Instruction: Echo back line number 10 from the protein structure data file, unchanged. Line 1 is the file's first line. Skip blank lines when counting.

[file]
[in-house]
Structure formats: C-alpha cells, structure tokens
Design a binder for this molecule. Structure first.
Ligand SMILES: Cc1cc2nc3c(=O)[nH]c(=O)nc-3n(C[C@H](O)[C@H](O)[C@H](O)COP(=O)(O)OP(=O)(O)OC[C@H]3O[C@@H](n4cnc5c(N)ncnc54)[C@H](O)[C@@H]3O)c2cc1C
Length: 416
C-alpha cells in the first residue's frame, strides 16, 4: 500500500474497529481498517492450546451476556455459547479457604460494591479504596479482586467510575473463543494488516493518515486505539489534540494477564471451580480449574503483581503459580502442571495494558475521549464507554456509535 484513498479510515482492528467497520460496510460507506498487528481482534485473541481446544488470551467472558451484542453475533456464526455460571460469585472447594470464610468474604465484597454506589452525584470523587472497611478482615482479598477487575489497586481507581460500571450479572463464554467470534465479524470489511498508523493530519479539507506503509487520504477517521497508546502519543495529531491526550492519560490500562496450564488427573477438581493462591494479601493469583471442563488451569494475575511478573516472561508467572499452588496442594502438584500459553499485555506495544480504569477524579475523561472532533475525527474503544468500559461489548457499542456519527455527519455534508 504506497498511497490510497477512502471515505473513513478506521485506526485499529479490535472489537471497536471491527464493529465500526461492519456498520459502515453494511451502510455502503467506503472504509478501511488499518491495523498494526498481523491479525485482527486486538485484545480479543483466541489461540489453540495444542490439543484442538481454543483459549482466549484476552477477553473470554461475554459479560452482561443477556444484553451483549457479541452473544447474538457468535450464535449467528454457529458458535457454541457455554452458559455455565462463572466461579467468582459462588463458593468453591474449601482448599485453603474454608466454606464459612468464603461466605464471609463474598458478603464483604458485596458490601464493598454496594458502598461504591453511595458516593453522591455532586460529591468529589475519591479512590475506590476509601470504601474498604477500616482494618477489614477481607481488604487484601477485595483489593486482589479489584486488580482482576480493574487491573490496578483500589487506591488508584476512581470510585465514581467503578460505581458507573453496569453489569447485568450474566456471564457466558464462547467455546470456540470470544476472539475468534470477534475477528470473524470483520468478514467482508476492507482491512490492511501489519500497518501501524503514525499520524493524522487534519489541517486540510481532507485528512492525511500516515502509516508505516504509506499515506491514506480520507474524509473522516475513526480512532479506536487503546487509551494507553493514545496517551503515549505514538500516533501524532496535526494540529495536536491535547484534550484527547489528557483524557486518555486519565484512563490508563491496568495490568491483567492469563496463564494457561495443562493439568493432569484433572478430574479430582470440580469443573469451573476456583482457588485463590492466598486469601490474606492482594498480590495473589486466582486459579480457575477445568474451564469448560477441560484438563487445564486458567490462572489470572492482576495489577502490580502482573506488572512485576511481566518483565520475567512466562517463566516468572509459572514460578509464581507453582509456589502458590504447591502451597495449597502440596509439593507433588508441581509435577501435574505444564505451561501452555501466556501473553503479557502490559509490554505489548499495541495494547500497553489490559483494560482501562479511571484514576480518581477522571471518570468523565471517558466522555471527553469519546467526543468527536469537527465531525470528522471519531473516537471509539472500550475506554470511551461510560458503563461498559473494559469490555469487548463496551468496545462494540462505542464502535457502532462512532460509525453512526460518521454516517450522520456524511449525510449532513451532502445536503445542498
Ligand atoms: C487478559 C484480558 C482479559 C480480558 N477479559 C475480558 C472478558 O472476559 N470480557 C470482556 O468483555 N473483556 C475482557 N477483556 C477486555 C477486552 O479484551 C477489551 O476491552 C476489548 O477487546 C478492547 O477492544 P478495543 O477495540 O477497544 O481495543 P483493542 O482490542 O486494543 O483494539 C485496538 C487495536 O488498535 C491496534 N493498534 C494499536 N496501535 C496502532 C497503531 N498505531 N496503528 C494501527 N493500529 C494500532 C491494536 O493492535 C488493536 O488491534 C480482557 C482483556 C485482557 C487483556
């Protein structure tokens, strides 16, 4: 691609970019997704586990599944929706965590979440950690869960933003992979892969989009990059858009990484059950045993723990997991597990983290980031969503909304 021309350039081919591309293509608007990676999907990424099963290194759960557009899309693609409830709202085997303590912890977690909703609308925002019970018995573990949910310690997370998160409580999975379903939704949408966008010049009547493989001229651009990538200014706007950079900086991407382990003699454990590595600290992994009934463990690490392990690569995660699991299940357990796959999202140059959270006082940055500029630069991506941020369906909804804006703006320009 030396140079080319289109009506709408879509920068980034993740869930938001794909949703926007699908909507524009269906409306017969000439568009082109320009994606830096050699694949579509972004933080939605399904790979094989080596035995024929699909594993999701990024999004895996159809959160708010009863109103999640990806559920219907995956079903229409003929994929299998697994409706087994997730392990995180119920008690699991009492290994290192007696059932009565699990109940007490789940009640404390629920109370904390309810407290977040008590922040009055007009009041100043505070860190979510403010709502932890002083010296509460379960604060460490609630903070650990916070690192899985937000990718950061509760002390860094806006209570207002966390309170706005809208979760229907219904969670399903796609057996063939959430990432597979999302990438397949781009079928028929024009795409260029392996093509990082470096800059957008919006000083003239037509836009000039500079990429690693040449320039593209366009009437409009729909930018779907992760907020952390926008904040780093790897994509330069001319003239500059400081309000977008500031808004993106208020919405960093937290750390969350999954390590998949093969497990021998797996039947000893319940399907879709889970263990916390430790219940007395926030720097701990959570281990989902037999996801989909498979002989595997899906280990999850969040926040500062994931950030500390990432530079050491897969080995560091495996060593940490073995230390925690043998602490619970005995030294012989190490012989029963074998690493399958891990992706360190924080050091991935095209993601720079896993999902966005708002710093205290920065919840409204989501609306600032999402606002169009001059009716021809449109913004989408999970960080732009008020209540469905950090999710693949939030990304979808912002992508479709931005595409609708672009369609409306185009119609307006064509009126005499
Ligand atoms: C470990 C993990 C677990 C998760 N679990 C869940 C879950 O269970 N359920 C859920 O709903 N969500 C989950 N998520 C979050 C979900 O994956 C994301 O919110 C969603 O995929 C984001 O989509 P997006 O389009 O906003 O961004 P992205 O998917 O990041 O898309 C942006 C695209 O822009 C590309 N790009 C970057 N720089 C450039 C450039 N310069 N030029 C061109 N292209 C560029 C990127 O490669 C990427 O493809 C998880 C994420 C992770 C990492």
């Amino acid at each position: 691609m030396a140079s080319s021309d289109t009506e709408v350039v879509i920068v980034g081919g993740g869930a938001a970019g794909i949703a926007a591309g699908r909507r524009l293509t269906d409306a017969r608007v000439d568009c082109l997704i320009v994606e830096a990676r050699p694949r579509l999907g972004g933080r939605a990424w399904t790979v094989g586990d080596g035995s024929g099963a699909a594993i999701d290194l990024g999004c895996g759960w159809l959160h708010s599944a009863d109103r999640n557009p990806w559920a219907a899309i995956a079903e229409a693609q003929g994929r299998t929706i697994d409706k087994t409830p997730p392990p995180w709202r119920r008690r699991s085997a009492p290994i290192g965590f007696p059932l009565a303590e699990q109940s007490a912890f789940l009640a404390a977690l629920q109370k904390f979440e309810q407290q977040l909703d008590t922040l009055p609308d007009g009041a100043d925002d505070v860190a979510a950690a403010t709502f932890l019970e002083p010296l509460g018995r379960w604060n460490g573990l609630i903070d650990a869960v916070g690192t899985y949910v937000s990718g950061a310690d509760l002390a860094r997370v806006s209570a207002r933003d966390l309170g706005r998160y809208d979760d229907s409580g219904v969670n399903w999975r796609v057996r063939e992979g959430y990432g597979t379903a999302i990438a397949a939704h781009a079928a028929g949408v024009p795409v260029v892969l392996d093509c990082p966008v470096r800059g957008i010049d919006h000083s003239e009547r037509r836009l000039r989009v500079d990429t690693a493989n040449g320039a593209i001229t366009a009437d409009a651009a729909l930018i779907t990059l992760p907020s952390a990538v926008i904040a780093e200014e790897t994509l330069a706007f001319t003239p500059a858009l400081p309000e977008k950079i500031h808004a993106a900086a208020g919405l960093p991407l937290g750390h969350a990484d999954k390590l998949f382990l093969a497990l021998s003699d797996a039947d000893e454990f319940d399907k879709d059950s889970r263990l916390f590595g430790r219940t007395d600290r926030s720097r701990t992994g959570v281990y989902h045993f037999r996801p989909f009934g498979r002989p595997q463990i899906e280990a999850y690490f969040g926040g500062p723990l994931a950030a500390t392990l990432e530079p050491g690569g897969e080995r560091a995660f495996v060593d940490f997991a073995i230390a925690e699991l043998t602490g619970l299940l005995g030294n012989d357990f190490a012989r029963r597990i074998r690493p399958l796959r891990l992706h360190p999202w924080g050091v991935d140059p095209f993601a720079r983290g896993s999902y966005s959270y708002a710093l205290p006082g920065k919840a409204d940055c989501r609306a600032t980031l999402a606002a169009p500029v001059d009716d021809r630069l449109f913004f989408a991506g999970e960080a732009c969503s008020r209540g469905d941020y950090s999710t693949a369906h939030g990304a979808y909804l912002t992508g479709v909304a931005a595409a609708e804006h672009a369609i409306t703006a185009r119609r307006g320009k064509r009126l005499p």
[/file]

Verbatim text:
């Amino acid at each position: 691609m030396a140079s080319s021309d289109t009506e709408v350039v879509i920068v980034g081919g993740g869930a938001a970019g794909i949703a926007a591309g699908r909507r524009l293509t269906d409306a017969r608007v000439d568009c082109l997704i320009v994606e830096a990676r050699p694949r579509l999907g972004g933080r939605a990424w399904t790979v094989g586990d080596g035995s024929g099963a699909a594993i999701d290194l990024g999004c895996g759960w159809l959160h708010s599944a009863d109103r999640n557009p990806w559920a219907a899309i995956a079903e229409a693609q003929g994929r299998t929706i697994d409706k087994t409830p997730p392990p995180w709202r119920r008690r699991s085997a009492p290994i290192g965590f007696p059932l009565a303590e699990q109940s007490a912890f789940l009640a404390a977690l629920q109370k904390f979440e309810q407290q977040l909703d008590t922040l009055p609308d007009g009041a100043d925002d505070v860190a979510a950690a403010t709502f932890l019970e002083p010296l509460g018995r379960w604060n460490g573990l609630i903070d650990a869960v916070g690192t899985y949910v937000s990718g950061a310690d509760l002390a860094r997370v806006s209570a207002r933003d966390l309170g706005r998160y809208d979760d229907s409580g219904v969670n399903w999975r796609v057996r063939e992979g959430y990432g597979t379903a999302i990438a397949a939704h781009a079928a028929g949408v024009p795409v260029v892969l392996d093509c990082p966008v470096r800059g957008i010049d919006h000083s003239e009547r037509r836009l000039r989009v500079d990429t690693a493989n040449g320039a593209i001229t366009a009437d409009a651009a729909l930018i779907t990059l992760p907020s952390a990538v926008i904040a780093e200014e790897t994509l330069a706007f001319t003239p500059a858009l400081p309000e977008k950079i500031h808004a993106a900086a208020g919405l960093p991407l937290g750390h969350a990484d999954k390590l998949f382990l093969a497990l021998s003699d797996a039947d000893e454990f319940d399907k879709d059950s889970r263990l916390f590595g430790r219940t007395d600290r926030s720097r701990t992994g959570v281990y989902h045993f037999r996801p989909f009934g498979r002989p595997q463990i899906e280990a999850y690490f969040g926040g500062p723990l994931a950030a500390t392990l990432e530079p050491g690569g897969e080995r560091a995660f495996v060593d940490f997991a073995i230390a925690e699991l043998t602490g619970l299940l005995g030294n012989d357990f190490a012989r029963r597990i074998r690493p399958l796959r891990l992706h360190p999202w924080g050091v991935d140059p095209f993601a720079r983290g896993s999902y966005s959270y708002a710093l205290p006082g920065k919840a409204d940055c989501r609306a600032t980031l999402a606002a169009p500029v001059d009716d021809r630069l449109f913004f989408a991506g999970e960080a732009c969503s008020r209540g469905d941020y950090s999710t693949a369906h939030g990304a979808y909804l912002t992508g479709v909304a931005a595409a609708e804006h672009a369609i409306t703006a185009r119609r307006g320009k064509r009126l005499p």